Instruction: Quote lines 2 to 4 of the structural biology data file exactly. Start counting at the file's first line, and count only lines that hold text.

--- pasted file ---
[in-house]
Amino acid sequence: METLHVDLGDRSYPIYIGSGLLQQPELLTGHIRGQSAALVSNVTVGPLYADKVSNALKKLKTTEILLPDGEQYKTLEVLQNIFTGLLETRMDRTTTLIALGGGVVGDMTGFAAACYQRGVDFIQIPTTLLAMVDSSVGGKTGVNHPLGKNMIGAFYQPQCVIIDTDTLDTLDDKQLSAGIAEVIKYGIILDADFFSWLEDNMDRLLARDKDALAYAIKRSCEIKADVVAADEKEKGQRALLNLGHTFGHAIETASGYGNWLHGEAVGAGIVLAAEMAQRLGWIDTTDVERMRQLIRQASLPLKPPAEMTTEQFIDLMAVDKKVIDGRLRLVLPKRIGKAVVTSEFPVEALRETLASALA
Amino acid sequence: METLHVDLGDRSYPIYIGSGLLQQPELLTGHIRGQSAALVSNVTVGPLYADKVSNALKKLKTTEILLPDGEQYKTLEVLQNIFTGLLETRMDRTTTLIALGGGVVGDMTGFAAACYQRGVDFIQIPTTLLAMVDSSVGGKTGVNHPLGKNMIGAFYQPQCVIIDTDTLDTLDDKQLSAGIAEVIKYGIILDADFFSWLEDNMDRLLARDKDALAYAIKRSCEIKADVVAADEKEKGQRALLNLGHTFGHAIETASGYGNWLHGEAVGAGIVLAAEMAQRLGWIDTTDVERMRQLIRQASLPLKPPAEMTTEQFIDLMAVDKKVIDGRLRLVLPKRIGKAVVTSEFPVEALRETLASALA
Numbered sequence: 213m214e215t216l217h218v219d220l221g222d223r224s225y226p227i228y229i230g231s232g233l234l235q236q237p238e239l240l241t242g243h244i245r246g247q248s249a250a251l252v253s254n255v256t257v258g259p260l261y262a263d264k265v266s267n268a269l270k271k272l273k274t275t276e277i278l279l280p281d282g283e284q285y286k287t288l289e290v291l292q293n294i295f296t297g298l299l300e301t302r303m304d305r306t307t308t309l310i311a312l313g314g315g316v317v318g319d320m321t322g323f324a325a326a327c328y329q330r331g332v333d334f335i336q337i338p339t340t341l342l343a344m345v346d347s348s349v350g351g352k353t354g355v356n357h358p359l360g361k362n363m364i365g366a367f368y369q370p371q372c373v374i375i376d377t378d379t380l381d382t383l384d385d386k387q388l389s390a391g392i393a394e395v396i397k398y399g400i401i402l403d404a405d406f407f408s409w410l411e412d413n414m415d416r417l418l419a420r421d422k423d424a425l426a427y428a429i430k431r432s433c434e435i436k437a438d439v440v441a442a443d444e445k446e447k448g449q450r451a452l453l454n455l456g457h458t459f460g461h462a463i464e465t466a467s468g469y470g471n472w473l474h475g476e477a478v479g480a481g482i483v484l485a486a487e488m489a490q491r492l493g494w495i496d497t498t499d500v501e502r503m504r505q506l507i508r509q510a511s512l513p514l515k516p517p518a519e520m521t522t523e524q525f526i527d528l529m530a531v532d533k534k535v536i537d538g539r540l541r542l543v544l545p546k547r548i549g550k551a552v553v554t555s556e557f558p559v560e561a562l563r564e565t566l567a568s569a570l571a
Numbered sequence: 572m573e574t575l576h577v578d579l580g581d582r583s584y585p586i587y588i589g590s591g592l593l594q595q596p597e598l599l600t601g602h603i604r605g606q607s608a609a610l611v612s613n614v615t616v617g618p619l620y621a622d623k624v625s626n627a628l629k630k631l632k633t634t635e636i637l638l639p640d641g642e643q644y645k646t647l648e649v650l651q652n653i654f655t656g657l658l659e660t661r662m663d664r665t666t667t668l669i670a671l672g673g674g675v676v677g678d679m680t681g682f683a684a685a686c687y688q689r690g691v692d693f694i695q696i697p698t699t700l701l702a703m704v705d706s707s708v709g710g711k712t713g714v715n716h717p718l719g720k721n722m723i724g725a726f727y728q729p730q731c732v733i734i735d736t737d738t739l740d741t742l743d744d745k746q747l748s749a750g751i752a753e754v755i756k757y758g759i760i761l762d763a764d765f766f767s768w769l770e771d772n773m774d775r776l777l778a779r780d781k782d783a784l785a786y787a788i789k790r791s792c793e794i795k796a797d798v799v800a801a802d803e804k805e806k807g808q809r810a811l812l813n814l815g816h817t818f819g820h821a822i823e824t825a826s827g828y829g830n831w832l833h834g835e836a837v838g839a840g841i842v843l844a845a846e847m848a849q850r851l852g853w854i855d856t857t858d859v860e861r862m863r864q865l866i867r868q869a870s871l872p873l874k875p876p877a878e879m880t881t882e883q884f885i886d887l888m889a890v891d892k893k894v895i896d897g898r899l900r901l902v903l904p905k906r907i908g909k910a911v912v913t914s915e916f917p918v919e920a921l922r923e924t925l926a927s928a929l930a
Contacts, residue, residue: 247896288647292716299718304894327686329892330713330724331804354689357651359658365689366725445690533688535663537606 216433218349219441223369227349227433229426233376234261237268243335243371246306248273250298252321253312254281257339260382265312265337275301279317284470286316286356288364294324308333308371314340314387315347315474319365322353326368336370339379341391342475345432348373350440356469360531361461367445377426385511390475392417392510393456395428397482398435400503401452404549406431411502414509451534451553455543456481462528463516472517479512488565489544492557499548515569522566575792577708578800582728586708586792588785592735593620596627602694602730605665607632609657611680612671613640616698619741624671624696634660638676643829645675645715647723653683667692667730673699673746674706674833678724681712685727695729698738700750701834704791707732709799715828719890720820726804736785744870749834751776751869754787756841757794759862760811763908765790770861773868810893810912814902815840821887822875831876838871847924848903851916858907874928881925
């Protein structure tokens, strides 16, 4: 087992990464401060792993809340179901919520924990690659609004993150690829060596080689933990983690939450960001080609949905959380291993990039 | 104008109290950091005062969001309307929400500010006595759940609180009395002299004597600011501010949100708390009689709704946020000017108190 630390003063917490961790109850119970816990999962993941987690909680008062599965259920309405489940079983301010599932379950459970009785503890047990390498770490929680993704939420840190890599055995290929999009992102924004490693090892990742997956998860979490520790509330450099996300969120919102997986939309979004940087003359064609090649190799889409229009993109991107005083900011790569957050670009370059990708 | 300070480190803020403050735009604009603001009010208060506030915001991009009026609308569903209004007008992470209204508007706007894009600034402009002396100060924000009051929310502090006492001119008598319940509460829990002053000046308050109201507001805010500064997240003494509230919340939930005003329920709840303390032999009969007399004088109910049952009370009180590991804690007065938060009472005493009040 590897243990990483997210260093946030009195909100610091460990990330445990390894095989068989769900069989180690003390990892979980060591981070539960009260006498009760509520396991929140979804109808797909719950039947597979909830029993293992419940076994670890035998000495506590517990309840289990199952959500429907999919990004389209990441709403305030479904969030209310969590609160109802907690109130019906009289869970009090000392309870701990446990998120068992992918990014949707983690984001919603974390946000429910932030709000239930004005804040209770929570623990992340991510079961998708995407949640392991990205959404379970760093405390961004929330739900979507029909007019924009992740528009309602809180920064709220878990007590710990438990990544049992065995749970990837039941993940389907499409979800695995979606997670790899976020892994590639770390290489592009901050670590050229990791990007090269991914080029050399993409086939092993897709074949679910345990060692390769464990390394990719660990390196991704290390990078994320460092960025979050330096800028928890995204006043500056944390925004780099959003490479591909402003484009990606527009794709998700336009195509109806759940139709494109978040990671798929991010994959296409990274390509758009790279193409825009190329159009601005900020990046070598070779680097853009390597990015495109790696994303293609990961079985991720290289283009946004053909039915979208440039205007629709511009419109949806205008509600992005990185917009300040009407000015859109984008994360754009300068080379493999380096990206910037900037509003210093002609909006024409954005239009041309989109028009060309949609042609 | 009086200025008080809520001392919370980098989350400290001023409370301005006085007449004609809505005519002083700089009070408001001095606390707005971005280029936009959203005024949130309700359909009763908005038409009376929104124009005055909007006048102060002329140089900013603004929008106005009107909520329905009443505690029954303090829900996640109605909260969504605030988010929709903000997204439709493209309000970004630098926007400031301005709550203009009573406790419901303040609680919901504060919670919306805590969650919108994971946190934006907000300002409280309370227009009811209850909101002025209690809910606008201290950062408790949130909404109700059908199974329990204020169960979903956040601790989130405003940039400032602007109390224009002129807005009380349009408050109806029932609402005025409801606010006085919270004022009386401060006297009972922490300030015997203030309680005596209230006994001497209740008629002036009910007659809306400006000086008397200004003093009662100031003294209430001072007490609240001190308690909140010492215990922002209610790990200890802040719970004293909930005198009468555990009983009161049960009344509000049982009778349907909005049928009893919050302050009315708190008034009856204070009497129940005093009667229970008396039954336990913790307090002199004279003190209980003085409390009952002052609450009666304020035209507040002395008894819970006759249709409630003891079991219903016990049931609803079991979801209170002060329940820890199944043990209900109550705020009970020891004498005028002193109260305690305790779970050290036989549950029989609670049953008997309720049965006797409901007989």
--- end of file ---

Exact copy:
Amino acid sequence: METLHVDLGDRSYPIYIGSGLLQQPELLTGHIRGQSAALVSNVTVGPLYADKVSNALKKLKTTEILLPDGEQYKTLEVLQNIFTGLLETRMDRTTTLIALGGGVVGDMTGFAAACYQRGVDFIQIPTTLLAMVDSSVGGKTGVNHPLGKNMIGAFYQPQCVIIDTDTLDTLDDKQLSAGIAEVIKYGIILDADFFSWLEDNMDRLLARDKDALAYAIKRSCEIKADVVAADEKEKGQRALLNLGHTFGHAIETASGYGNWLHGEAVGAGIVLAAEMAQRLGWIDTTDVERMRQLIRQASLPLKPPAEMTTEQFIDLMAVDKKVIDGRLRLVLPKRIGKAVVTSEFPVEALRETLASALA
Amino acid sequence: METLHVDLGDRSYPIYIGSGLLQQPELLTGHIRGQSAALVSNVTVGPLYADKVSNALKKLKTTEILLPDGEQYKTLEVLQNIFTGLLETRMDRTTTLIALGGGVVGDMTGFAAACYQRGVDFIQIPTTLLAMVDSSVGGKTGVNHPLGKNMIGAFYQPQCVIIDTDTLDTLDDKQLSAGIAEVIKYGIILDADFFSWLEDNMDRLLARDKDALAYAIKRSCEIKADVVAADEKEKGQRALLNLGHTFGHAIETASGYGNWLHGEAVGAGIVLAAEMAQRLGWIDTTDVERMRQLIRQASLPLKPPAEMTTEQFIDLMAVDKKVIDGRLRLVLPKRIGKAVVTSEFPVEALRETLASALA
Numbered sequence: 213m214e215t216l217h218v219d220l221g222d223r224s225y226p227i228y229i230g231s232g233l234l235q236q237p238e239l240l241t242g243h244i245r246g247q248s249a250a251l252v253s254n255v256t257v258g259p260l261y262a263d264k265v266s267n268a269l270k271k272l273k274t275t276e277i278l279l280p281d282g283e284q285y286k287t288l289e290v291l292q293n294i295f296t297g298l299l300e301t302r303m304d305r306t307t308t309l310i311a312l313g314g315g316v317v318g319d320m321t322g323f324a325a326a327c328y329q330r331g332v333d334f335i336q337i338p339t340t341l342l343a344m345v346d347s348s349v350g351g352k353t354g355v356n357h358p359l360g361k362n363m364i365g366a367f368y369q370p371q372c373v374i375i376d377t378d379t380l381d382t383l384d385d386k387q388l389s390a391g392i393a394e395v396i397k398y399g400i401i402l403d404a405d406f407f408s409w410l411e412d413n414m415d416r417l418l419a420r421d422k423d424a425l426a427y428a429i430k431r432s433c434e435i436k437a438d439v440v441a442a443d444e445k446e447k448g449q450r451a452l453l454n455l456g457h458t459f460g461h462a463i464e465t466a467s468g469y470g471n472w473l474h475g476e477a478v479g480a481g482i483v484l485a486a487e488m489a490q491r492l493g494w495i496d497t498t499d500v501e502r503m504r505q506l507i508r509q510a511s512l513p514l515k516p517p518a519e520m521t522t523e524q525f526i527d528l529m530a531v532d533k534k535v536i537d538g539r540l541r542l543v544l545p546k547r548i549g550k551a552v553v554t555s556e557f558p559v560e561a562l563r564e565t566l567a568s569a570l571a